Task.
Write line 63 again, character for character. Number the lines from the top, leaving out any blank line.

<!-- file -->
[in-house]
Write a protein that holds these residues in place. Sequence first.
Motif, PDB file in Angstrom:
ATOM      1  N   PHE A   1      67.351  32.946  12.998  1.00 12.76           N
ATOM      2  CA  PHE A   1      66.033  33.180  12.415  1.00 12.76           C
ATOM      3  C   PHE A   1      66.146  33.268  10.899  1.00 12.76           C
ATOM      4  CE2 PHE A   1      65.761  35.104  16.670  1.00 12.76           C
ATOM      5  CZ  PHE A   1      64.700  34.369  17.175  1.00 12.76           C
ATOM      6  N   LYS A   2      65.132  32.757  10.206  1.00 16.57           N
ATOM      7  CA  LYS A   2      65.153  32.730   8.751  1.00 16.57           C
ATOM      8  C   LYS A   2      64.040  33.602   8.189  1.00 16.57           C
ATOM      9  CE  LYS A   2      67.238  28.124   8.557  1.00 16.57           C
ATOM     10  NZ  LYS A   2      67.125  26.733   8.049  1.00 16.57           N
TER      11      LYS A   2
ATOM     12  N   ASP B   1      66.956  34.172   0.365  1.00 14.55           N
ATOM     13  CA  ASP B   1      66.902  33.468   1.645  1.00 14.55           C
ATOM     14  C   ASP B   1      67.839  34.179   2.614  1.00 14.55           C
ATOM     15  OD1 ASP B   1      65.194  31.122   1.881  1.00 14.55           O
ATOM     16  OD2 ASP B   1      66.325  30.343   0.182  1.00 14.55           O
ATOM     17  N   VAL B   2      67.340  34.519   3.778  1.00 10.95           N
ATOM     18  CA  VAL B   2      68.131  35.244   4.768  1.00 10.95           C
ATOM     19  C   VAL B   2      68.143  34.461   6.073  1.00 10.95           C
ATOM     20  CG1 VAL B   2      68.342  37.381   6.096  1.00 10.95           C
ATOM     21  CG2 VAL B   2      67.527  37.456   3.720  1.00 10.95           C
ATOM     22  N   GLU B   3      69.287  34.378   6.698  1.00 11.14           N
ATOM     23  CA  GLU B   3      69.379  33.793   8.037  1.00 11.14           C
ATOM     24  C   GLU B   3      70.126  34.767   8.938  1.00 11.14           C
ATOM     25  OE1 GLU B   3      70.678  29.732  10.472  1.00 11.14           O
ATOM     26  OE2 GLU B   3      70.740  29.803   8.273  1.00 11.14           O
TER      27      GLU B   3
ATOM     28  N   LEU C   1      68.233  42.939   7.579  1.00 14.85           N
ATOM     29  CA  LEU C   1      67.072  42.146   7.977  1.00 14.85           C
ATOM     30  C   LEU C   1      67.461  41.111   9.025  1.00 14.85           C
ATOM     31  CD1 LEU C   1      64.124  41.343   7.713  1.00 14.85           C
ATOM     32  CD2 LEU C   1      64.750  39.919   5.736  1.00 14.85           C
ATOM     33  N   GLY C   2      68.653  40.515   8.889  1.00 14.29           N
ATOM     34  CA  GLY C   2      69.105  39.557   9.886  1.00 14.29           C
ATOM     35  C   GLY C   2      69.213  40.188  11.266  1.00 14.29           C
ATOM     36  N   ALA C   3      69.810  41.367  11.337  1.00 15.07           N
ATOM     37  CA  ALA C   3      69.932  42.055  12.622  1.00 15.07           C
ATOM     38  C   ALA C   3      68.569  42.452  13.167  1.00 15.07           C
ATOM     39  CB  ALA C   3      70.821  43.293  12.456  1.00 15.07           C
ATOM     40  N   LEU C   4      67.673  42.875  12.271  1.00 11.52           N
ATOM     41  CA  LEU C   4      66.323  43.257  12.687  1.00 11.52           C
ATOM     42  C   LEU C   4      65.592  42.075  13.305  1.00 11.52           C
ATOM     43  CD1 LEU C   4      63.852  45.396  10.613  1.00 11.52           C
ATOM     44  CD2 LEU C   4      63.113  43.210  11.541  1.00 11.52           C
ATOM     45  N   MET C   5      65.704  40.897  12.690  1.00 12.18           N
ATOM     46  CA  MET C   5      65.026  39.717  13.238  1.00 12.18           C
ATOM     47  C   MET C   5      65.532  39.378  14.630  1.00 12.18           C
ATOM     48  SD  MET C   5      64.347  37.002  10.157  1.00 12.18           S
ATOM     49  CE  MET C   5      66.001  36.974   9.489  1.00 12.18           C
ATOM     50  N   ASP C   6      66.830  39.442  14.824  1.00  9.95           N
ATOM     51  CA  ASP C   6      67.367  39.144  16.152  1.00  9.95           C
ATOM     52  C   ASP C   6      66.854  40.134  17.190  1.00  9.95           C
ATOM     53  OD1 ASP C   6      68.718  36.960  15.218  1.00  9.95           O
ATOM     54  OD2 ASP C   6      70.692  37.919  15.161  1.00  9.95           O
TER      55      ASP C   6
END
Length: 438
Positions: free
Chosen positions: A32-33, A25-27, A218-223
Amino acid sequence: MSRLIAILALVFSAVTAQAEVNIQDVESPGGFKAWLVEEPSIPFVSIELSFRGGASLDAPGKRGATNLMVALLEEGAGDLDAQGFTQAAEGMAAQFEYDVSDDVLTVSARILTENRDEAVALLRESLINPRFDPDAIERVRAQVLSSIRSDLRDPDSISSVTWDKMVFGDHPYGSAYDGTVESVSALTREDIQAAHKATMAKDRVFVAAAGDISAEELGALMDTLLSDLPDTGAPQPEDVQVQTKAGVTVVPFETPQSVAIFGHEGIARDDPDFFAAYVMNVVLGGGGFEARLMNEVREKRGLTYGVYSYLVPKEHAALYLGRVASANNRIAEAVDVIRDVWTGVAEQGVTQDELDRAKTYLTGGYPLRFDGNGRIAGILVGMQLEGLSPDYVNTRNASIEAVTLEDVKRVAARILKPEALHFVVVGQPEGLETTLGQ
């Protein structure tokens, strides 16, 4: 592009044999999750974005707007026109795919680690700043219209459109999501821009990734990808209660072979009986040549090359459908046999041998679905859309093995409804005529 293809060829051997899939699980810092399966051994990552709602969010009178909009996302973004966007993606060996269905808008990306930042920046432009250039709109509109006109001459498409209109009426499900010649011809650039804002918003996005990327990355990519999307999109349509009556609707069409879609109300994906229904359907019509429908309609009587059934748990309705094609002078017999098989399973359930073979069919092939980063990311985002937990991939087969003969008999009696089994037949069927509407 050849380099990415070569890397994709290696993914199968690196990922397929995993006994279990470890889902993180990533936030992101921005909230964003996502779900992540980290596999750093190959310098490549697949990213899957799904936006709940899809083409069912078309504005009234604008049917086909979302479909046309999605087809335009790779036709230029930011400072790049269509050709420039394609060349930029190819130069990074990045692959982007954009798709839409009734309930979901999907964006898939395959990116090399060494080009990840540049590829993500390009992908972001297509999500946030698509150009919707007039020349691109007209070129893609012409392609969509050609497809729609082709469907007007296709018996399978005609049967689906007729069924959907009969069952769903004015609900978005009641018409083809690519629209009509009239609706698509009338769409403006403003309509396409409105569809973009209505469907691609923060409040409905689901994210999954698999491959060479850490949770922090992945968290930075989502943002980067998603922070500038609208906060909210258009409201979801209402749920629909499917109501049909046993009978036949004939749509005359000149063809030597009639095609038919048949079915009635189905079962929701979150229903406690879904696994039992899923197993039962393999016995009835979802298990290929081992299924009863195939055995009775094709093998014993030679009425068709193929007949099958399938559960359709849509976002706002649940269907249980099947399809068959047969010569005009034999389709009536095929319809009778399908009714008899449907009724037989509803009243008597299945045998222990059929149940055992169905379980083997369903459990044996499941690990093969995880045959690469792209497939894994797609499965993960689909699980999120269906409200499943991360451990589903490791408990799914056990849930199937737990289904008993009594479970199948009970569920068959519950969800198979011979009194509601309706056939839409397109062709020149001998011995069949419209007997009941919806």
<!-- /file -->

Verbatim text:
Amino acid sequence: MSRLIAILALVFSAVTAQAEVNIQDVESPGGFKAWLVEEPSIPFVSIELSFRGGASLDAPGKRGATNLMVALLEEGAGDLDAQGFTQAAEGMAAQFEYDVSDDVLTVSARILTENRDEAVALLRESLINPRFDPDAIERVRAQVLSSIRSDLRDPDSISSVTWDKMVFGDHPYGSAYDGTVESVSALTREDIQAAHKATMAKDRVFVAAAGDISAEELGALMDTLLSDLPDTGAPQPEDVQVQTKAGVTVVPFETPQSVAIFGHEGIARDDPDFFAAYVMNVVLGGGGFEARLMNEVREKRGLTYGVYSYLVPKEHAALYLGRVASANNRIAEAVDVIRDVWTGVAEQGVTQDELDRAKTYLTGGYPLRFDGNGRIAGILVGMQLEGLSPDYVNTRNASIEAVTLEDVKRVAARILKPEALHFVVVGQPEGLETTLGQ